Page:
By Jamey Dunn
Going back on an earlier statement that he would not give lawmakers another chance to vote on his proposal to reform the state’s workers’ compensation system, Rep. John Bradley ran the bill again today and was able to find enough votes on his side of the aisle to pass it.
Bradley, a Marion Democrat, made no changes to his proposal the second time around. Republicans were consistent with their opposition, as well, though they had additional complaints.
House Bill 1698 (amendments 3 and 5) would:
- Reduce the fees paid to doctors for treating injured employees by 30 percent.
- Require the use of American Medical Association standards when determining workers’ level of impairment from injuries.
- Create new rules for the appointment and conduct of arbitrators, who decide the outcome of claims.
- Allow creation of a “provider network” of doctors. Injured employees could pick their doctors, but only from this predetermined pool. An injured worker would still be able to visit a doctor outside of the network but could not be able to get a second opinion from a doctor of his or her choice.
Current arbitrators would all be out of a job on July 1. They could reapply, but they would have to be appointed by Gov. Pat Quinn and confirmed by the Senate for their three-year terms. Arbitrators could only serve two years in any given area to avoid forming any corrupt, “cozy” relationships with local workers.
“We have an opportunity to fix a broken system. … This about the future of our state. … This is about moving forward and not staying in the past. This is about doing something historic,” Bradley said. He said the bill would save employers $500 million to $700 million annually, according to estimates from the Illinois Department of Insurance.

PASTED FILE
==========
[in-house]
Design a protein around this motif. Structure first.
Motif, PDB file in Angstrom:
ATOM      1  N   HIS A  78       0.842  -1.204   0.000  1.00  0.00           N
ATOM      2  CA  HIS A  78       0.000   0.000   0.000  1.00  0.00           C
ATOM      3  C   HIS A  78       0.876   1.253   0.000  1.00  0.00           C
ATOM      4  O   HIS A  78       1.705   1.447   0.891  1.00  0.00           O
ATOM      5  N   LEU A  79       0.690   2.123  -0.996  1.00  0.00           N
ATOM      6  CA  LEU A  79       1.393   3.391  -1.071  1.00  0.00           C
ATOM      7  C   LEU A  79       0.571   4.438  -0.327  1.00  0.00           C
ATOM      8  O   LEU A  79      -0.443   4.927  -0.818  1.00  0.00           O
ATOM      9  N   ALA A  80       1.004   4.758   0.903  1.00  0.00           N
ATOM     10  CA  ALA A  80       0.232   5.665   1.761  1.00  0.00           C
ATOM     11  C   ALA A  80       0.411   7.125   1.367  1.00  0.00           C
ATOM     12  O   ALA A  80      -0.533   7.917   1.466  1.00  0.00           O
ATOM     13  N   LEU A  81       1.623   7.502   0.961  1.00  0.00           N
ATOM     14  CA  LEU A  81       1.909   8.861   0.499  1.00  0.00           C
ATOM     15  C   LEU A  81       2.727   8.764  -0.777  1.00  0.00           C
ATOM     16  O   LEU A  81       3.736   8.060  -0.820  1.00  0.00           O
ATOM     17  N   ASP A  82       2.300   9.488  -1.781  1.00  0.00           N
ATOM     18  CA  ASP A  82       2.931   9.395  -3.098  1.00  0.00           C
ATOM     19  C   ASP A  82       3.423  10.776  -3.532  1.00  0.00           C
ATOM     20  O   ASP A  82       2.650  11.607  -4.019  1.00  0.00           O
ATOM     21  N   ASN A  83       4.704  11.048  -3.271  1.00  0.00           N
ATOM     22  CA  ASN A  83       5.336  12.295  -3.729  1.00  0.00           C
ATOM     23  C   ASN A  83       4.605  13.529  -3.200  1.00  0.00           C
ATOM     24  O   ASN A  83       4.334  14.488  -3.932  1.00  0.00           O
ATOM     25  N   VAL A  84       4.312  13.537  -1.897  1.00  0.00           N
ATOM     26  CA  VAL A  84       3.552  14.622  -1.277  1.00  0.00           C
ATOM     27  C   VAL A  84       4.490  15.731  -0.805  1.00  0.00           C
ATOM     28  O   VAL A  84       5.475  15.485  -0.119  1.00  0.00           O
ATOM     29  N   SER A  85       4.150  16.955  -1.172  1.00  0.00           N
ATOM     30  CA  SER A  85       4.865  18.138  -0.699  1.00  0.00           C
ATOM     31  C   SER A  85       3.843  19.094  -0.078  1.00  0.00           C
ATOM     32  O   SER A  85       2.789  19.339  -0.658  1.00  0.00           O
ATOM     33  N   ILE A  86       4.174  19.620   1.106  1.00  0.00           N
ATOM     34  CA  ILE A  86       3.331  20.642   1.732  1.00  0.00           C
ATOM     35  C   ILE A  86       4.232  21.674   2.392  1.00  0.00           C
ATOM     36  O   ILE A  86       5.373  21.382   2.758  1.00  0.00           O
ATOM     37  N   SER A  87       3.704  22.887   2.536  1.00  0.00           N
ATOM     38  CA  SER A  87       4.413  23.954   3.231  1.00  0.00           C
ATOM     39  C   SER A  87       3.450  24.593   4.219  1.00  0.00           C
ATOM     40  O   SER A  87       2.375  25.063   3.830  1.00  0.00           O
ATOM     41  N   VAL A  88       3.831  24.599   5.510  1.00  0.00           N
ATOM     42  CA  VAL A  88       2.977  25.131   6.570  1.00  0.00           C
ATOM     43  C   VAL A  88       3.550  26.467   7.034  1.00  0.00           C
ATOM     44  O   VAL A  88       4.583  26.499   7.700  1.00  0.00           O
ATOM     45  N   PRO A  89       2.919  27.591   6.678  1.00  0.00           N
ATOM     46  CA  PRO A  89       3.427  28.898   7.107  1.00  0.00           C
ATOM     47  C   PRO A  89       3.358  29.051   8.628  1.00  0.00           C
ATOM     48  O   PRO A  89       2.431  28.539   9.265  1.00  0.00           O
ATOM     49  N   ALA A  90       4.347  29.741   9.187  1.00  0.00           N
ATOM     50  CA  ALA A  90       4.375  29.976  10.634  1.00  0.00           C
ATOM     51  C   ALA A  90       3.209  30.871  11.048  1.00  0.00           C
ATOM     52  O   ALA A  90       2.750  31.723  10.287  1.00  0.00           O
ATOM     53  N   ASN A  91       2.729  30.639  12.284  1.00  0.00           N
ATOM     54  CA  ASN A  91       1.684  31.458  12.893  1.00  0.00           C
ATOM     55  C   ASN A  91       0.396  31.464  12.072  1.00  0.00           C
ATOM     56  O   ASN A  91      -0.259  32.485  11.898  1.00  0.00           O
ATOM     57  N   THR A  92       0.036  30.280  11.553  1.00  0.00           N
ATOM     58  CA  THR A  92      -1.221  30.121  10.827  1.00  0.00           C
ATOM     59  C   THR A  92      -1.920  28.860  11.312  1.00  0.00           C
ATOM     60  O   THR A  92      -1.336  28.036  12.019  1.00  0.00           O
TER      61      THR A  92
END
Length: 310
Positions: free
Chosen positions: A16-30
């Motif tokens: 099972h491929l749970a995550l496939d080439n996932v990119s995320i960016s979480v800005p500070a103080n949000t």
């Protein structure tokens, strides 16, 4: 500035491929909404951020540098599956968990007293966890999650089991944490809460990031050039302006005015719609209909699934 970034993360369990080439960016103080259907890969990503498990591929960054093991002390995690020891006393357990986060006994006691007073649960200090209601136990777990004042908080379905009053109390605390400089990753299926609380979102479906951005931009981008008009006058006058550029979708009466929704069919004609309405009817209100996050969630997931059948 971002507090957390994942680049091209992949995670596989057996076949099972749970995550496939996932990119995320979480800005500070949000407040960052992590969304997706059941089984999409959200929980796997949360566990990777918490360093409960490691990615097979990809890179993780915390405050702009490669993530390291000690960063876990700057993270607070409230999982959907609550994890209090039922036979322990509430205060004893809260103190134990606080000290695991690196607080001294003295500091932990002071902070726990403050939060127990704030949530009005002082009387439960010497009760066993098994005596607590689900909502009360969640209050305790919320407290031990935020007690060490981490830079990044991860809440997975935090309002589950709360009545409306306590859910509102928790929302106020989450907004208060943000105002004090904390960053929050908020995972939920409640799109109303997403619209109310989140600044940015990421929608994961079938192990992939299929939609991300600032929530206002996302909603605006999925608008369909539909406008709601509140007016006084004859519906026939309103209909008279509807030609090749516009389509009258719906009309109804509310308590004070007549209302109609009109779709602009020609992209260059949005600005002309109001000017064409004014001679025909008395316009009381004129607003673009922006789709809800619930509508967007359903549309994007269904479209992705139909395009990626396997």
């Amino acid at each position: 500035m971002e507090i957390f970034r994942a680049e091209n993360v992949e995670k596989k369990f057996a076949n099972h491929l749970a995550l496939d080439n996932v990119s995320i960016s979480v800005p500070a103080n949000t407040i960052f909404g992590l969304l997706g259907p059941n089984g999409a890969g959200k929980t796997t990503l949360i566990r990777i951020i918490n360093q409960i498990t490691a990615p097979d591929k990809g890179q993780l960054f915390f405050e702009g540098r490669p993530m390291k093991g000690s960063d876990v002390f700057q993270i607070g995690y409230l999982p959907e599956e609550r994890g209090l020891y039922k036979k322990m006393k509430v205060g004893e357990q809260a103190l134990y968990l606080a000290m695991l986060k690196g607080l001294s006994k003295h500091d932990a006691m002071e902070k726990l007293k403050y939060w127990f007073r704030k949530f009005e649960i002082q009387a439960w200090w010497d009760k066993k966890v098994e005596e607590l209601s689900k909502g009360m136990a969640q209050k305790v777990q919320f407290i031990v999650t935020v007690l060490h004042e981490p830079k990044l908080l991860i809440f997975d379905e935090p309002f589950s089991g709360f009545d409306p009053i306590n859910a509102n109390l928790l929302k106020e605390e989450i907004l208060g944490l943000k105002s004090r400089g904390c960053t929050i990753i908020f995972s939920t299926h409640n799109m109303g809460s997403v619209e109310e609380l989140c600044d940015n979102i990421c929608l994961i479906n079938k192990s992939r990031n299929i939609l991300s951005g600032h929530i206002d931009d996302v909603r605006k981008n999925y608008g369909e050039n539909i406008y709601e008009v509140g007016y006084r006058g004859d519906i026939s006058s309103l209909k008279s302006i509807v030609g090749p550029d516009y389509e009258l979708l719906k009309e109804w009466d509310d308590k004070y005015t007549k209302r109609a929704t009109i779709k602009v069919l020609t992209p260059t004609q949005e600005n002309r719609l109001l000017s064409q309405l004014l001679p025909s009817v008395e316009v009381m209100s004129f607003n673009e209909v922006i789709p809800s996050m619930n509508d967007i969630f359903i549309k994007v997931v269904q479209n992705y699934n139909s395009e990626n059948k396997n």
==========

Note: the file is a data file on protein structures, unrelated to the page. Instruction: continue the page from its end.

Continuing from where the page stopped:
However, House Republicans took issue with those numbers.
House Minority Leader Tom Cross said Bradley’s estimated savings are “manipulated” and “embellished” and greatly miss the mark. “We may be lucky to get to $100 [million] to $200 million in savings.”
He said the plan would not prevent workers from “doctor shopping to get a desired diagnosis or make workers prove that their injury truly stems from something that took place on the job. Cross said the bill “would do nothing but look good on [campaign] mail pieces and look good in the newspaper as headlines.”
Rep. Roger Eddy, a Republican from Hutsonville, said lawmakers should take more time to work out a more comprehensive reform package that spreads the pain more evenly. He said that because the only “strong” opposition to the bill comes from the health care industry, it seemingly shows that the bill does not ask for enough sacrifice from other groups, such as organized labor and trial lawyers. Republicans opponents, as well as some Senate Republicans who voted in favor of the plan, said it pitted the medical industry — which pushed for a 20 percent reduction in doctor's rates — against the business community.
Eddy said that Bradley’s insistence that drastic changes had to be made by the end of the legislative session — including a threat to dismantle the system if a reform bill could not be passed — were a bluff. He called on lawmakers to take more time and work out a more comprehensive solution.
“This doesn’t have to be done now. This can be done better. It can be done right. Nothing is ‘now or never.’ We proved that in just a short period of time. That ‘this is it’ isn’t really it. It can be something else, and it can be better,” Eddy said.
Quinn has vowed to sign the bill. “The legislation approved by the General Assembly today will also achieve significant saving for the sate of Illinois, as well as attacking fraud and abuse. We have fundamentally changed our system, allowing Illinois to become more competitive and a better place to do business,” he said in a written statement.